Leaving Pat’s Island, you re-enter the heart of the Big Scrub, here shaped by the drama of fire. Tall spires of charred sand pines and crisply fried and ghostly stands of sand live oak rise above the bright white sand, where young scrub plants – especially prairie grasses, saw palmetto, and oak saplings – are re-establishing themselves. The young sand pines are fluffy and saggy like little “Charlie Brown Christmas” trees. No logging occurs in the wilderness, so the barren landscapes – lush green plants only a few feet high with nothing above them – are due to the fires. Climbs up and over the hills provide broad views.
The Juniper Prairie Wilderness is just that—a wilderness made up of grassy prairies within the swales of the bowls of the ancient dunes that made up the Big Scrub. Many of the prairies have tall grasses around their rim, and others have clumps of smooth cordgrass. You encounter a series of saucer-shaped prairies at 3.4 miles, and the trail dances between them. Some are centered around small ponds. It was at one of these perfectly round ponds we encountered an otter fishing for its breakfast, and stood, mesmerized, for nearly twenty minutes watching nature take its course. The trail loops around that particular pond and goes up and over a ridge overlooking a much broader prairie. For the next mile, the trail continues around arms of the great Juniper Prairie, winding along shorelines once defined by tall sand pines and oak hammocks. An encounter with a live oak hammock—that is to say, as opposed to a dead oak hammock—is an occasion to pause and enjoy the refreshing shade.
At 5 miles, the trail is atop a high ridge surrounded by scrub, and you can see for a mile or more in every direction. The trail drops down from here to Hidden Pond, one of the more revered spots along the Florida Trail. It’s a crystal-clear spring fed pond, unlike the prairie ponds you’ve passed. The trail comes down a hill to it, and a side trail leads to the right into the camping area, which is nicely canopied by an oak hammock. The camping area is on a slight ridge between the pond and a large prairie, ensuring a cool breeze most of the time. Scrub-jays and raccoons frequent this popular designated backcountry campsite.
Continuing onto the next scrub-topped ridge, you pass a sinkhole on the right. The vegetation still remains short and favored by scrub-jays. Within half a mile, you come off the rolling dunes and the trail levels out a bit. Descend through a low spot shaded by oaks and pines at 6 miles, rounding a little patch of prairie, where the dampness of the soil may have helped guard the vegetation from the last blaze. The trail rounds a pond dotted with lilies and heads into scrubby flatwoods and enters a hammock with a spot just large enough to pitch one tent. A half-hidden side trail leads off to the left, an unmarked way to get to Juniper Run. No need to head down it for water—you cross a Whiskey Creek a moment later. Off to your left, in the distance, you can see tall cypress trees and cabbage palms outlining the location of Juniper Run as you enter a grove of young sand pines.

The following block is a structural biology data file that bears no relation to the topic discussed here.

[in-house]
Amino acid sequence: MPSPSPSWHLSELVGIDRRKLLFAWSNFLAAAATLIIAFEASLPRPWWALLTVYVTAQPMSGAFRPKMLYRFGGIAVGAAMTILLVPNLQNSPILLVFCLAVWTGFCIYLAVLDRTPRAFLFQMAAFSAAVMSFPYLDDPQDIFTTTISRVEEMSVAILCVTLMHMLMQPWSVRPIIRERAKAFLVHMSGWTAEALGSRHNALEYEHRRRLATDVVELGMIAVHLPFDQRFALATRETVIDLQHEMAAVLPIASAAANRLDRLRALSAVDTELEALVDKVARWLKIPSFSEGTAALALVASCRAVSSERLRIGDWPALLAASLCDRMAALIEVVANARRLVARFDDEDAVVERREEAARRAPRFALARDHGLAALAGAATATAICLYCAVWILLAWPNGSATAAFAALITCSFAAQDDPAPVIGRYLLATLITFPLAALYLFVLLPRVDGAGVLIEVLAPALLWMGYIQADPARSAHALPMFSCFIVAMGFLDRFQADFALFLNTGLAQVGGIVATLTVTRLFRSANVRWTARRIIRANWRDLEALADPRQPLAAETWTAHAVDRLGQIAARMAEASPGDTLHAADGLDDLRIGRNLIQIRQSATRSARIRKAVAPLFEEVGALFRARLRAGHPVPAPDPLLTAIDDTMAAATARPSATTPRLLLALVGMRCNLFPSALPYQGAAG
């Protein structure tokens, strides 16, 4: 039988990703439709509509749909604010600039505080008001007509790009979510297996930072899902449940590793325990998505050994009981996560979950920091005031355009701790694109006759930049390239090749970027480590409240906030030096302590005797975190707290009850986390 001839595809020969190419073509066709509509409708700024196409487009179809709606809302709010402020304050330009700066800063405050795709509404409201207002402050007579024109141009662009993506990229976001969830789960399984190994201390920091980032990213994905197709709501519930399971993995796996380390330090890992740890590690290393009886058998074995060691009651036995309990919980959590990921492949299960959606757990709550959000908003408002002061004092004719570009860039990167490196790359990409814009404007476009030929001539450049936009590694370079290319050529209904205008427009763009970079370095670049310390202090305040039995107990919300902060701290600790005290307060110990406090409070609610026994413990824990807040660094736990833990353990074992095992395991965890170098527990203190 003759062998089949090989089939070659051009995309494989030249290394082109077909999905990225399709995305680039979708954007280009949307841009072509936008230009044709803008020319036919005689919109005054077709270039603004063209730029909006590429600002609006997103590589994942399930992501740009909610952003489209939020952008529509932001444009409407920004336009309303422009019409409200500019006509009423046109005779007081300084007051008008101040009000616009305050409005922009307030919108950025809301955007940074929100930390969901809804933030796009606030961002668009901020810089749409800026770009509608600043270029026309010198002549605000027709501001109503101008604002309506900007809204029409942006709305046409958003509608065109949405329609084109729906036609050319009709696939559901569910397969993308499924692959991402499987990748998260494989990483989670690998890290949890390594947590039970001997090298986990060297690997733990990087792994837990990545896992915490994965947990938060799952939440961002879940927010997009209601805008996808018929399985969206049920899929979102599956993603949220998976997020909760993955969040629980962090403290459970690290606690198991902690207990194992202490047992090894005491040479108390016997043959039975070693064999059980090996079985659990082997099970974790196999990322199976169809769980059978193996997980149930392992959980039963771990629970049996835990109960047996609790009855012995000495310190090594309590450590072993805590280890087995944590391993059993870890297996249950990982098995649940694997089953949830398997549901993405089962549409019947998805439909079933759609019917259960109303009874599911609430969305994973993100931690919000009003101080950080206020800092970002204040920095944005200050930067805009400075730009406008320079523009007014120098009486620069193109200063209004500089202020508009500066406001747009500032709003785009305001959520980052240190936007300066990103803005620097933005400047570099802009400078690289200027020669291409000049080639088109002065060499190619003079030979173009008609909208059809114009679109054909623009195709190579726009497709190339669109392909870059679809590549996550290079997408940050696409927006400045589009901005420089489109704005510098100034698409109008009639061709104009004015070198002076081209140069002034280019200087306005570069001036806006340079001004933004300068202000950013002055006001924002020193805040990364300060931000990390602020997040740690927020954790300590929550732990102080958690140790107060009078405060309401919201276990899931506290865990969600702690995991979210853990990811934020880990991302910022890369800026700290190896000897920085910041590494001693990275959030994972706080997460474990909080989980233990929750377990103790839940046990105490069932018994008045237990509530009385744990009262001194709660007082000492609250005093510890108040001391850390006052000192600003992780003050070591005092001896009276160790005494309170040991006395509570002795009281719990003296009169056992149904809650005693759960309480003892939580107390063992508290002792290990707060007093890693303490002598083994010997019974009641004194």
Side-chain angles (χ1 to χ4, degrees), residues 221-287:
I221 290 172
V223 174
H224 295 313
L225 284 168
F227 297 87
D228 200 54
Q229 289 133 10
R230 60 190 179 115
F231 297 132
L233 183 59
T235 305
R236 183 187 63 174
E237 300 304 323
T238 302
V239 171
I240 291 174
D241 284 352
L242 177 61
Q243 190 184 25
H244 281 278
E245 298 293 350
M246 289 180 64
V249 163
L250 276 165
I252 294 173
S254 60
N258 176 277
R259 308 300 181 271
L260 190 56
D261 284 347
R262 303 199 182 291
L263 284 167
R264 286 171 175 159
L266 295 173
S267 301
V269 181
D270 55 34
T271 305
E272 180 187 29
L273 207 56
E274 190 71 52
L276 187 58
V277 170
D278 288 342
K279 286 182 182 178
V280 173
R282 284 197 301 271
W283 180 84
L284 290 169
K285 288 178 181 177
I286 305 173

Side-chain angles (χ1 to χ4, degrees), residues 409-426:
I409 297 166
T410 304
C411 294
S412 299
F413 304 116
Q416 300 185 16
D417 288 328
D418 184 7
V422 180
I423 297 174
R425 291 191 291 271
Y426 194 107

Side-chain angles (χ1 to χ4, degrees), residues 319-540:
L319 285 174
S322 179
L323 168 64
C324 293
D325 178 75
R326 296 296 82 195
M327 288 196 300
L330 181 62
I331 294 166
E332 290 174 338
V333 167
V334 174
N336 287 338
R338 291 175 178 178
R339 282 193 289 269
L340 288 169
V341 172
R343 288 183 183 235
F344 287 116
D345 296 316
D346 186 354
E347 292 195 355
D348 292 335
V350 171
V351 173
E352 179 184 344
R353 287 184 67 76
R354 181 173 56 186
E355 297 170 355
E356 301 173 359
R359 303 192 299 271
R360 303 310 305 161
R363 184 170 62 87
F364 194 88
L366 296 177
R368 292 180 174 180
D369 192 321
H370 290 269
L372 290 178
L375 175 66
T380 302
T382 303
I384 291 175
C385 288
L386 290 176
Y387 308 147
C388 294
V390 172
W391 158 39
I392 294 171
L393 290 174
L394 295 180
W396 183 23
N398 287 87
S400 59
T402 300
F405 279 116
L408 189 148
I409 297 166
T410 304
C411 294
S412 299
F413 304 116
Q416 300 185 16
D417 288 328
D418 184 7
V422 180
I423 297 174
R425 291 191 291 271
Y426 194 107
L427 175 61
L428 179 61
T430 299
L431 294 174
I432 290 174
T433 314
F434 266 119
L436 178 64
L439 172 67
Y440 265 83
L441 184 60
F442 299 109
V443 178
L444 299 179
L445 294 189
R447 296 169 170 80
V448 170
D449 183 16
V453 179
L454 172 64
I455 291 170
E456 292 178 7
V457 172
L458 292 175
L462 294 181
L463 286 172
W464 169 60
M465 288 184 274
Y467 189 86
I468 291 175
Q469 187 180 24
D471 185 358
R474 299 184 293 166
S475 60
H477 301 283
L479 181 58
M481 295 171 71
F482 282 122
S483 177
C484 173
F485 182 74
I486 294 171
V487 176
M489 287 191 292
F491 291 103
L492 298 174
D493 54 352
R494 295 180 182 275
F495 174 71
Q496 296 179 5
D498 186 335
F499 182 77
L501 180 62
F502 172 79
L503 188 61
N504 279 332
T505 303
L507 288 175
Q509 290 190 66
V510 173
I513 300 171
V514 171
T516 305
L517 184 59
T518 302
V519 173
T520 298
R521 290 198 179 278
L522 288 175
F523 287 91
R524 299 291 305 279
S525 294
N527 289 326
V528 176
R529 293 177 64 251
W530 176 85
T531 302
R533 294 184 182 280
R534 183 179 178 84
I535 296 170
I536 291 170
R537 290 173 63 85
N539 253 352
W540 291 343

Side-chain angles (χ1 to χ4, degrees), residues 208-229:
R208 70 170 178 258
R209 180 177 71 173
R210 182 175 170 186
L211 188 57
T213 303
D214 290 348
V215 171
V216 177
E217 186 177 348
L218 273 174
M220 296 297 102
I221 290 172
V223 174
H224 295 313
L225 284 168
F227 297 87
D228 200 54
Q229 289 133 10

At 6.9 miles, the trail emerges on the edge of a broad prairie with gorgeous views; it could be damp underfoot at times. The trail climbs up a rise through another stand of young sand pines, and drops down to parallel a large, open wet prairie. Looking out across the sparkling expanse to your right, you may see sandhill cranes browsing the edge, or a flock of blue-winged teals drifting across the placid pond. The trail continues past the prairie along a narrow corridor between the saw palmetto and rises up and over another hill through more young sand pines. Up ahead you can see a line of cabbage palms lending a clue as to the location of the next creek the trail crosses, Whispering Creek, at 7.4 miles. Rounding two more large prairies – the prairies now sport layers of grasses of different heights around their edges – and climbing up into a mixed forest of young oaks, holly, and young sand pines, the trail continues around a series of prairies of different shapes and sizes. By 8.2 miles, the trail passes a stand of cabbage palms and enters another oak hammock, with a spot nice enough to pitch a tent.
As the trail gets closer to Juniper Springs, it drops down into a scrubby flatwoods with longleaf pines above and a great deal of gallberry in the understory. The trail comes to the edge of another large and very scenic wet prairie before it starts to circle around the recreation area. You can see a line of cabbage palms and loblolly bay trees off to the left that mark the edges of spring-fed Juniper Run. Another ascent, and the trail rises back up onto the tall, ancient sand dunes into the high scrub, where the bleached stems of rusty lyonia look like driftwood. Reaching the wilderness area sign at the southern end of Juniper Prairie Wilderness, you’ve hiked 9.5 miles. The firebreak off to the left leads down to the canoe launch at Juniper Springs, about a half mile walk. Continue straight ahead atop the tall rolling dunes to complete this segment of trail, emerging at the Juniper Springs Recreation Area entrance road after 10.5 miles.